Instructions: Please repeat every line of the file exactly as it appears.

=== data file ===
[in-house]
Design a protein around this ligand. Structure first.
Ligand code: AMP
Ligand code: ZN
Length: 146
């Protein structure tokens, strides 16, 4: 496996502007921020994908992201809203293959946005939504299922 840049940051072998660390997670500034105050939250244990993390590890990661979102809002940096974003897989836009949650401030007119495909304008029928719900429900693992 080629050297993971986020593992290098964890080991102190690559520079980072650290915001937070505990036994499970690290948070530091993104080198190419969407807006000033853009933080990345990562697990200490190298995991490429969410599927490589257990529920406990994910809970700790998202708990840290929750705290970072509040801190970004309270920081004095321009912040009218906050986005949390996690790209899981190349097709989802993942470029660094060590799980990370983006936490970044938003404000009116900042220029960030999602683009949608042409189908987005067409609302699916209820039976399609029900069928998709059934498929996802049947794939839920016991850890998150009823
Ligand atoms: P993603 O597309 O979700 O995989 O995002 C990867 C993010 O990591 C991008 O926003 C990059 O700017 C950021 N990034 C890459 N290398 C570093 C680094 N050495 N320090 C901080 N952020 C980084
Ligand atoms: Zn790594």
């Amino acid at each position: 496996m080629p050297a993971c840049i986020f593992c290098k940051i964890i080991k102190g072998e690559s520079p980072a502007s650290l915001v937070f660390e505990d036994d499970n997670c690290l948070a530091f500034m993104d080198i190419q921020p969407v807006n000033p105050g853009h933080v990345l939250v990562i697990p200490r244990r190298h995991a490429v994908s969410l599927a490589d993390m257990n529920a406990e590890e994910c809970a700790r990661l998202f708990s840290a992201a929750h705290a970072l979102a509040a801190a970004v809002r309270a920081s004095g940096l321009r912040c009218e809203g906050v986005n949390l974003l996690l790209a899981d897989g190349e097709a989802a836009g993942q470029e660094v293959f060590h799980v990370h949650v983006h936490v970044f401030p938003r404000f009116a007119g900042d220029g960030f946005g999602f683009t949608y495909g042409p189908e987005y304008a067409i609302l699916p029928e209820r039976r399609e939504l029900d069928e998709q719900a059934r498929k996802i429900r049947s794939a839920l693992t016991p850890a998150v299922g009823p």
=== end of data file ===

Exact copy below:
[in-house]
Design a protein around this ligand. Structure first.
Ligand code: AMP
Ligand code: ZN
Length: 146
């Protein structure tokens, strides 16, 4: 496996502007921020994908992201809203293959946005939504299922 840049940051072998660390997670500034105050939250244990993390590890990661979102809002940096974003897989836009949650401030007119495909304008029928719900429900693992 080629050297993971986020593992290098964890080991102190690559520079980072650290915001937070505990036994499970690290948070530091993104080198190419969407807006000033853009933080990345990562697990200490190298995991490429969410599927490589257990529920406990994910809970700790998202708990840290929750705290970072509040801190970004309270920081004095321009912040009218906050986005949390996690790209899981190349097709989802993942470029660094060590799980990370983006936490970044938003404000009116900042220029960030999602683009949608042409189908987005067409609302699916209820039976399609029900069928998709059934498929996802049947794939839920016991850890998150009823
Ligand atoms: P993603 O597309 O979700 O995989 O995002 C990867 C993010 O990591 C991008 O926003 C990059 O700017 C950021 N990034 C890459 N290398 C570093 C680094 N050495 N320090 C901080 N952020 C980084
Ligand atoms: Zn790594």
């Amino acid at each position: 496996m080629p050297a993971c840049i986020f593992c290098k940051i964890i080991k102190g072998e690559s520079p980072a502007s650290l915001v937070f660390e505990d036994d499970n997670c690290l948070a530091f500034m993104d080198i190419q921020p969407v807006n000033p105050g853009h933080v990345l939250v990562i697990p200490r244990r190298h995991a490429v994908s969410l599927a490589d993390m257990n529920a406990e590890e994910c809970a700790r990661l998202f708990s840290a992201a929750h705290a970072l979102a509040a801190a970004v809002r309270a920081s004095g940096l321009r912040c009218e809203g906050v986005n949390l974003l996690l790209a899981d897989g190349e097709a989802a836009g993942q470029e660094v293959f060590h799980v990370h949650v983006h936490v970044f401030p938003r404000f009116a007119g900042d220029g960030f946005g999602f683009t949608y495909g042409p189908e987005y304008a067409i609302l699916p029928e209820r039976r399609e939504l029900d069928e998709q719900a059934r498929k996802i429900r049947s794939a839920l693992t016991p850890a998150v299922g009823p």